Mid-Valley Behavioral Care Network

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MVBCN Overview > FOR PROVIDERS > Peer Support

Peer Support

The Value of Peer Support The Value of Peer Support
(source: Psychiatric Rehabilitation Journal, "Peer Support/Peer Provided Services," Spring 2004, Volume 27, Number 4.)

Although there has been little research "evidence" about the benefits of peer support, many people with a psychiatric diagnosis may still find value in speaking and working with someone who identifies as having had experiences or a diagnosis similar to their own (a Peer). Peer Support has been described as social emotional support, coupled with material support such as housing or transportation, offered by peers. Recipients of peer support sometimes report the following types of changes:
  • An improvement in symptoms
  • An increased social network
  • A better quality of life
  • Reduced crisis or hospital use
  • Improved coping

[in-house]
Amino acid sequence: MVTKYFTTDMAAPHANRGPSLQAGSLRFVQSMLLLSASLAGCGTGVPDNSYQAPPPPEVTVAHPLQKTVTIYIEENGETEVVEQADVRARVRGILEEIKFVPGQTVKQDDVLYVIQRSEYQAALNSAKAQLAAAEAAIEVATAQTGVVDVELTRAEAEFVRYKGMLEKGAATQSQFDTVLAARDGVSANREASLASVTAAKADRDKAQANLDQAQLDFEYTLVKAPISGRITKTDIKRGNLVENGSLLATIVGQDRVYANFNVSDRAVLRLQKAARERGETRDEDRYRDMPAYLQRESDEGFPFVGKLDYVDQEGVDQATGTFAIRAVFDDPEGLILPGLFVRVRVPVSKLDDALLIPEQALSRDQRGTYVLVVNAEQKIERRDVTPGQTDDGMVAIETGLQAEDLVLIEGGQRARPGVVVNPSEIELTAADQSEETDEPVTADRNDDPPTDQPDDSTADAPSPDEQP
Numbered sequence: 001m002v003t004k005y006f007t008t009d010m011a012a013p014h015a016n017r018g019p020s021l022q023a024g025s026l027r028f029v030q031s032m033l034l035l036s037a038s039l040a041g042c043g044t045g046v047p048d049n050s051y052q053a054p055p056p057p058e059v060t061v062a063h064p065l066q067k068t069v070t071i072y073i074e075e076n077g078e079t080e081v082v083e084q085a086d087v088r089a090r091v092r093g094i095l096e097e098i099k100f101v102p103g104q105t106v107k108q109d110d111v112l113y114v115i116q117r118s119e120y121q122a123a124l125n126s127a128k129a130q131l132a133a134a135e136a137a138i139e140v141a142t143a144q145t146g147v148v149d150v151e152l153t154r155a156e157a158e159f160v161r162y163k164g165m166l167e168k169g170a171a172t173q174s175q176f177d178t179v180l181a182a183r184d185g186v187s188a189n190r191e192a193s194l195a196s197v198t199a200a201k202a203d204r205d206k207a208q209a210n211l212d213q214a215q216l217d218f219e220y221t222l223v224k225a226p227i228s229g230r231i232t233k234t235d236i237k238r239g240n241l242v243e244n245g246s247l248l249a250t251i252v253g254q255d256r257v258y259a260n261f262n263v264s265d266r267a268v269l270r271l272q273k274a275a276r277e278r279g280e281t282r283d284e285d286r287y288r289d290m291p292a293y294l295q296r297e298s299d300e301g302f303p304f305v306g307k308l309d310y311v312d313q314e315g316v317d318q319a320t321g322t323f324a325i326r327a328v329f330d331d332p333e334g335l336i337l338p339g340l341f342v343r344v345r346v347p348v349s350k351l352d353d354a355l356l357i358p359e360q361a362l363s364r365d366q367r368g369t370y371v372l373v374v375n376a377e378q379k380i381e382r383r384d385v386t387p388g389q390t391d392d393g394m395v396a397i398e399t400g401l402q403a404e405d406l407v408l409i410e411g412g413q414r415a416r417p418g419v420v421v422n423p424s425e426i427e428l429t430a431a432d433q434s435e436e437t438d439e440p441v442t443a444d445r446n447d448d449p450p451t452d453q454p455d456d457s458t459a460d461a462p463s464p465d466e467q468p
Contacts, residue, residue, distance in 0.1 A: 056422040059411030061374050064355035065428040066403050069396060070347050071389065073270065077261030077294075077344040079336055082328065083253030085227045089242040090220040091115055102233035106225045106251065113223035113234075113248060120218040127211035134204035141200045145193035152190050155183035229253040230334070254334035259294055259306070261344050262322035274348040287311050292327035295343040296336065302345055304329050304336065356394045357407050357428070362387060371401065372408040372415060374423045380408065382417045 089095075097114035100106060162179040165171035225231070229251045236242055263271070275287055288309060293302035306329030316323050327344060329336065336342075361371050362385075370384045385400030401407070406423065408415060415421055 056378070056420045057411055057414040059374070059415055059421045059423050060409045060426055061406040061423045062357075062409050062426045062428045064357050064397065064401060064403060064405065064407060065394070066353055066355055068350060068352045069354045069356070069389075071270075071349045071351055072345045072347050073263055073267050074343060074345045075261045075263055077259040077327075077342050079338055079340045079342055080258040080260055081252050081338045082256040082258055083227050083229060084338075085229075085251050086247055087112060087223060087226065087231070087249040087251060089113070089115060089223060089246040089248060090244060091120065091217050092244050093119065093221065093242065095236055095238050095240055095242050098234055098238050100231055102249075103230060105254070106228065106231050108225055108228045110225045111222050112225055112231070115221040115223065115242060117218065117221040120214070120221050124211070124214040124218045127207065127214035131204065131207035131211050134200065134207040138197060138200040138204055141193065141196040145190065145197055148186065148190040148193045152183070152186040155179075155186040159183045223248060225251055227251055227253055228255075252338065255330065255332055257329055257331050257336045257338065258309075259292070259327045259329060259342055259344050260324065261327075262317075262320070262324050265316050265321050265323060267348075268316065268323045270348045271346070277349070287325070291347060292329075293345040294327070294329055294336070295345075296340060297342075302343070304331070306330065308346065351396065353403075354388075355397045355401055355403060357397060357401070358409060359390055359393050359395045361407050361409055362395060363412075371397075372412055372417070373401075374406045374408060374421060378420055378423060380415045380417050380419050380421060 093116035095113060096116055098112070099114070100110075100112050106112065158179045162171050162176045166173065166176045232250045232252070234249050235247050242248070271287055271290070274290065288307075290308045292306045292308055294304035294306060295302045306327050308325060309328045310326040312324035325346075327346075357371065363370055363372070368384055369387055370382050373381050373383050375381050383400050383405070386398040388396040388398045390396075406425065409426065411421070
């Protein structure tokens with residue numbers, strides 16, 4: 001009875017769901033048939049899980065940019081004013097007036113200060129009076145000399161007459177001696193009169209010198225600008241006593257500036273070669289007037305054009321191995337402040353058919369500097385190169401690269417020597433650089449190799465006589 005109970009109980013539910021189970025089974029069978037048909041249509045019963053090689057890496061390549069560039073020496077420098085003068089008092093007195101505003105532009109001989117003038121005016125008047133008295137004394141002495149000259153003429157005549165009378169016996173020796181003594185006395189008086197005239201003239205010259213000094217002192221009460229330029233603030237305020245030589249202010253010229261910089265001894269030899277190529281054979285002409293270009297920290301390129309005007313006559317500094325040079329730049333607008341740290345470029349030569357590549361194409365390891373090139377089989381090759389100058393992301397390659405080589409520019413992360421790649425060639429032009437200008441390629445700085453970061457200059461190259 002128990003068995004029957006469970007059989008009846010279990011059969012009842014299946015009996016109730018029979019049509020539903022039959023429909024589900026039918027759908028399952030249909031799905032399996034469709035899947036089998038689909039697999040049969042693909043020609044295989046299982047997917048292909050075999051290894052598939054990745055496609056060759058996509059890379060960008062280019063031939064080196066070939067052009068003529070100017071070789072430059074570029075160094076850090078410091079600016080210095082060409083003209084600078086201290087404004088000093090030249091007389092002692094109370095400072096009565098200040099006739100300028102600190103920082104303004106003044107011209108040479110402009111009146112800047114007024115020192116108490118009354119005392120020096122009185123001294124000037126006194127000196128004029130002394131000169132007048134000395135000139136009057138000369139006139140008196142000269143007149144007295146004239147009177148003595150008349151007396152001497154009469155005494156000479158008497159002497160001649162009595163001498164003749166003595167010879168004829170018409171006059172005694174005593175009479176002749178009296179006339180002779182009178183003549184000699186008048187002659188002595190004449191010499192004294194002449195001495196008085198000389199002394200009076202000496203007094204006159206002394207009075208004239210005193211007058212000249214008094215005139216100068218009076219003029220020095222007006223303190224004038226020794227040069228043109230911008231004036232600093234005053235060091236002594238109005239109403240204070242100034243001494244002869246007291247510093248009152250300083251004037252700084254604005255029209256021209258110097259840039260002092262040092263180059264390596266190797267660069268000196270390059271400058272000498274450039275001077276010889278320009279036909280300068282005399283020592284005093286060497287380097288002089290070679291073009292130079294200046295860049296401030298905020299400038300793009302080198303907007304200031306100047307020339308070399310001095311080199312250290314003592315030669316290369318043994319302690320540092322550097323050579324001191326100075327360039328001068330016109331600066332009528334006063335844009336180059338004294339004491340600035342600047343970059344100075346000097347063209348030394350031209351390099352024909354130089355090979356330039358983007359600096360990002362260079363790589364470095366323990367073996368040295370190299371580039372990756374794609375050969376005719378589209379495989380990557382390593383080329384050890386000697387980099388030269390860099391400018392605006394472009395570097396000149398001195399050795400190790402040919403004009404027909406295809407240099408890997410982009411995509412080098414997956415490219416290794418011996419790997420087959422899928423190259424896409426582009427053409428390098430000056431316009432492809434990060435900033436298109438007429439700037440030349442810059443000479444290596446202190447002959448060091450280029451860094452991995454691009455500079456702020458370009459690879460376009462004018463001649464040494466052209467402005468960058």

• Development of new skills
  • Greater acceptance of illness
  • Improved medication adherences
  • Lower levels of worry
  • Higher satisfaction with overall health

Common categories of peer support include:
1) self-help groups
2) Internet support groups
3) peer delivered services
4) peer run or operated services
5) peer partnerships
6) peer employees

Some mental health service delivery system benefits include:

  • Low cost for peer services
  • Reduction of traditional mental health services
  • Reduction of cost to the mental health system
  • Alteration of negative attitudes about mental health providers
  • Opportunity to see peers successfully function in productive, "normal" social roles (observing peer to peer interactions)
  • Opportunity for provider to relate to consumer, person to person
  • Combat social stigma for person with mental illness

For more information, go to www.upennrrtc.org/issues/issue_peersupport.html

Please Note:
Anecdotally, consumer/survivors describe receiving assistance or support from peers as empowering, non-labeling, accepting, genuine, respectful, safe, confidential and promoting the feeling of being free to express oneself. In the search for natural supports, peer support may be a productive arena to explore.

For more information, see work by Shery Mead at www.mentalhealthpeers.com or Mary Ellen Copeland at www.mentalhealthrecovery.com.


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